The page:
I completely agree with Ira’s comment. When I was a beginning teacher I would have loved to have had this list of techniques. But then I learned the real answer to avoiding the problem of students acting up, talking, etc. It is not a matter of controlling the students at all.
As I was reading this post I had the same thoughts as Ira - why all this effort to control the kids? What I am hearing is a very traditional, teacher-centered classroom philosophy and an attitude of Us vs Them when it comes to students and teachers. The techniques and their underlying beliefs suggest a teacher-centered paradigm – the students sit and listen to the teacher delivering the information. That won’t work any more.
There is a way to create a classroom environment in which there are virtually zero behavioral, or more specifically, “talking” student problems. Begin with an intentional design of the learning environment – 1) the physical environment, 2) the emotional environment and 3) the academic environment.
1. The physical environment that supports engaged and well-mannered students is one that allows for freedom of movement, a variety of areas where students can work independently, or with a partner, in a small team, or at times – for a whole-group discussion or activity. In other words, get rid of the rows of student desks facing the teacher’s desk in the front of the room. See this article by Prakash Nair, The Classroom is Obsolete. Take a look at some 21st century physical learning environments.
You then begin by teaching the students strategies for being self-directed, working independently and interdependently. After all, they do not yet know how to be self-directed.
2. The emotional environment should be one of mutual respect and trust; you establish this the first time your students enter your classroom, and then you work with the students to ensure the ongoing health and development of your classroom community. It is not just one time do an activity and call it done; it is ongoing maintenance. It takes just a few minutes each day, and pays off with students who are totally engaged, focused and productive the whole time they are in your classroom.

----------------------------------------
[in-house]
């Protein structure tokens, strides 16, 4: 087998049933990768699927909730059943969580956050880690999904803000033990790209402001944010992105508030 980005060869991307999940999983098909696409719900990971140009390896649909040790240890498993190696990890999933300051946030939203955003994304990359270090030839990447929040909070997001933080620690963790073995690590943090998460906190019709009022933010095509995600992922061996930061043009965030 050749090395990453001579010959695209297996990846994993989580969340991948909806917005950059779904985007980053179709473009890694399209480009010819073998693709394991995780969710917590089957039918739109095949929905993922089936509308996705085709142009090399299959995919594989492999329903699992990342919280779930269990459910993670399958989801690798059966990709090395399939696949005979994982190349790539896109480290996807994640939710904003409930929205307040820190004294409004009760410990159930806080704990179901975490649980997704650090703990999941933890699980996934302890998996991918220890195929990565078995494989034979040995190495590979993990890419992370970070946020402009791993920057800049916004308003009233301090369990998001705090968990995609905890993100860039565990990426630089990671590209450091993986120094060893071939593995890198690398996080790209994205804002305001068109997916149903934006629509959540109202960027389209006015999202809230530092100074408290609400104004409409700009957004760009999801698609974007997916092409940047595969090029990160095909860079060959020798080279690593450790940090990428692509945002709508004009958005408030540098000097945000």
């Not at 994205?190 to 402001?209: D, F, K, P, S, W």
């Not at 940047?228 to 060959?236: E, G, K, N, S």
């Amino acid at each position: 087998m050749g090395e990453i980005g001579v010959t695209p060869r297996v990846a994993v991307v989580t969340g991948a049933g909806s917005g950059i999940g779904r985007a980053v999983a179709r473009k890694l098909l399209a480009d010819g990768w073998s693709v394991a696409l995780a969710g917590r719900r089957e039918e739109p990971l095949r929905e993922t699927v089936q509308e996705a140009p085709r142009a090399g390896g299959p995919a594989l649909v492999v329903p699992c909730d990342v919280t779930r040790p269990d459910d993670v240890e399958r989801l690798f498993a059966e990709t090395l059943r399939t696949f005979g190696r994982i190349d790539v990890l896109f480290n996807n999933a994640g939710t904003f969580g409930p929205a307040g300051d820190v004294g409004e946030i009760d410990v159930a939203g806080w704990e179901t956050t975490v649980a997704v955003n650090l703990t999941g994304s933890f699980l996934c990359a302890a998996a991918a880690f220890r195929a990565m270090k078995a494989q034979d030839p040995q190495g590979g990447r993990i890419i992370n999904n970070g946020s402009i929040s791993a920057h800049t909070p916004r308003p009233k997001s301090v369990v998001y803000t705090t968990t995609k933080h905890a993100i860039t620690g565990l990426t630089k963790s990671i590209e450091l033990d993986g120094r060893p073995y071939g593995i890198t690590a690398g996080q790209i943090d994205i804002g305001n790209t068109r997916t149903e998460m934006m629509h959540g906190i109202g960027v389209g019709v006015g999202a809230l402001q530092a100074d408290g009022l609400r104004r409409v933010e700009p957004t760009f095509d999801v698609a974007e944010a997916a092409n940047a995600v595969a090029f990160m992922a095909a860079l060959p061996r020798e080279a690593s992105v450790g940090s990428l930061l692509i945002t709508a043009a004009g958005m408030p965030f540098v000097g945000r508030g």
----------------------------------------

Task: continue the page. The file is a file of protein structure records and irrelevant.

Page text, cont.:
3. Third, the academic environment, is one in which the teacher maintains the highest expectations. Learning is not an option. No excuses. If a student is having trouble with a skill or a concept you find a way to help them make it happen – perhaps a different approach is needed, or a bit more time. There are ways to get the student the needed help. It may be one of a growing number of excellent online resources, a few minutes of one-on-one time with you or with a volunteer . . . there are options.
Then, you design and implement a curriculum that is project-based, rigorous, relevant and real world. There are an infinite number of ways to design project-based, and/or interdisciplinary curriculum units based upon themes. From Cowboy Culture to Frankenstein, from Frog Jumping Day to Disaster Preparedness - it is so easy to ensure that the standards are learned at very high levels.[ii]
Allow for student choice as much as possible. Get ready for students who are highly motivated!
It has been my experience that when you create a student-centered classroom which meets the needs of the students for Power, Freedom, Fun and Belonging (as per Dr. William Glasser in The Quality School), and you intentionally design and support the proper environment - physical, emotional and academic - you will have no need of such tricks as those listed in this post or techniques as those offered in Plevin’s video.
Note – I agree that there should be some kind of understood signal to get everyone’s attention at certain times. Suppose the classroom is humming along with students fully engrossed in their activities, whether alone or in a group discussion. There will be occasions when you would need a signal to get everyone’s attention. The lights, the music, the rain stick or many other techniques listed would work well for this purpose.
Creating a classroom environment with excellent, student-centered, engaging curriculum will result in the virtual elimination of behavioral problems. Instead you will have students who love to come to your class – can’t wait to get there – and who will be so engaged in what they are doing that the problems just don’t happen.
Building Community and Calming the Riot
The technique I use on Day One of school (or it may be introduced at any time if you just learned of it) is what I call, “Take What You Need.” You can read about it here. I saw amazing, instant results when this same technique was utilized by some middle school teachers at a school in the Bronx, New York City.
This particular school was about as out of control as it gets! The environment could be most accurately described as toxic, and an ongoing riot. There was constant screaming – both students and teachers – fights breaking out continually, students tearing up the classrooms, throwing textbooks out of windows, throwing chairs through windows (closed windows),lots of teachers in tears, etc.
I had one day with the teachers, and the first thing I did with them was the “Take What You Need” activity. It is a community-building tool. The next morning when I arrived at the school I saw a number of teachers in the process of this activity with their students. The difference was like night and day. Students were paying attention, participating and polite.
Of course that one activity on one day could not cure all the problems in that school, but it was an incredible start on the journey. I am still in touch with one of those teachers; he starts every class at the beginning of each year with “Take What You Need”. It works!
[i] 30 Techniques to Quiet a Noisy Class
[ii] Request a password by subscribing to 21st Century Curriculum.